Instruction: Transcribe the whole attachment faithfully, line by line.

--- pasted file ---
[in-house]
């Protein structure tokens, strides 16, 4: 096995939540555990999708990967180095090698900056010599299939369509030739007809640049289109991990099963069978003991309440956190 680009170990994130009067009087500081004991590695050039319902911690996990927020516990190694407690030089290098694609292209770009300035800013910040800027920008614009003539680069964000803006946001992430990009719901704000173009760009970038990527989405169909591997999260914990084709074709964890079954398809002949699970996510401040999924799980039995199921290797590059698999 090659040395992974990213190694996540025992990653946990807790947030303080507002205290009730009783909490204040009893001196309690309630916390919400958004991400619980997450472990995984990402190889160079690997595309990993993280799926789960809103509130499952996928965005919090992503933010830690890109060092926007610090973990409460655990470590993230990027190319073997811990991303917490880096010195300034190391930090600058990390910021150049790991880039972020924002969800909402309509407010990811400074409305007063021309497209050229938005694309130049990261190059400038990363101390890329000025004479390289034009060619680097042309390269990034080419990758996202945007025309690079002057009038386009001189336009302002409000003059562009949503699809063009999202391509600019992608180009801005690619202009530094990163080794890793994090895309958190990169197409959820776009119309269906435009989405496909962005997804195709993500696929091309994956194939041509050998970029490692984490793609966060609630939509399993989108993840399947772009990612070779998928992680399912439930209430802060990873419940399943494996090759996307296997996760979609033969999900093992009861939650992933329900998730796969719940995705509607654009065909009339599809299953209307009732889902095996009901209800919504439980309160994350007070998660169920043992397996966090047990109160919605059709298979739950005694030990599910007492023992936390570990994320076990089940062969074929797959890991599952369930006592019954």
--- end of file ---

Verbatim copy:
[in-house]
């Protein structure tokens, strides 16, 4: 096995939540555990999708990967180095090698900056010599299939369509030739007809640049289109991990099963069978003991309440956190 680009170990994130009067009087500081004991590695050039319902911690996990927020516990190694407690030089290098694609292209770009300035800013910040800027920008614009003539680069964000803006946001992430990009719901704000173009760009970038990527989405169909591997999260914990084709074709964890079954398809002949699970996510401040999924799980039995199921290797590059698999 090659040395992974990213190694996540025992990653946990807790947030303080507002205290009730009783909490204040009893001196309690309630916390919400958004991400619980997450472990995984990402190889160079690997595309990993993280799926789960809103509130499952996928965005919090992503933010830690890109060092926007610090973990409460655990470590993230990027190319073997811990991303917490880096010195300034190391930090600058990390910021150049790991880039972020924002969800909402309509407010990811400074409305007063021309497209050229938005694309130049990261190059400038990363101390890329000025004479390289034009060619680097042309390269990034080419990758996202945007025309690079002057009038386009001189336009302002409000003059562009949503699809063009999202391509600019992608180009801005690619202009530094990163080794890793994090895309958190990169197409959820776009119309269906435009989405496909962005997804195709993500696929091309994956194939041509050998970029490692984490793609966060609630939509399993989108993840399947772009990612070779998928992680399912439930209430802060990873419940399943494996090759996307296997996760979609033969999900093992009861939650992933329900998730796969719940995705509607654009065909009339599809299953209307009732889902095996009901209800919504439980309160994350007070998660169920043992397996966090047990109160919605059709298979739950005694030990599910007492023992936390570990994320076990089940062969074929797959890991599952369930006592019954």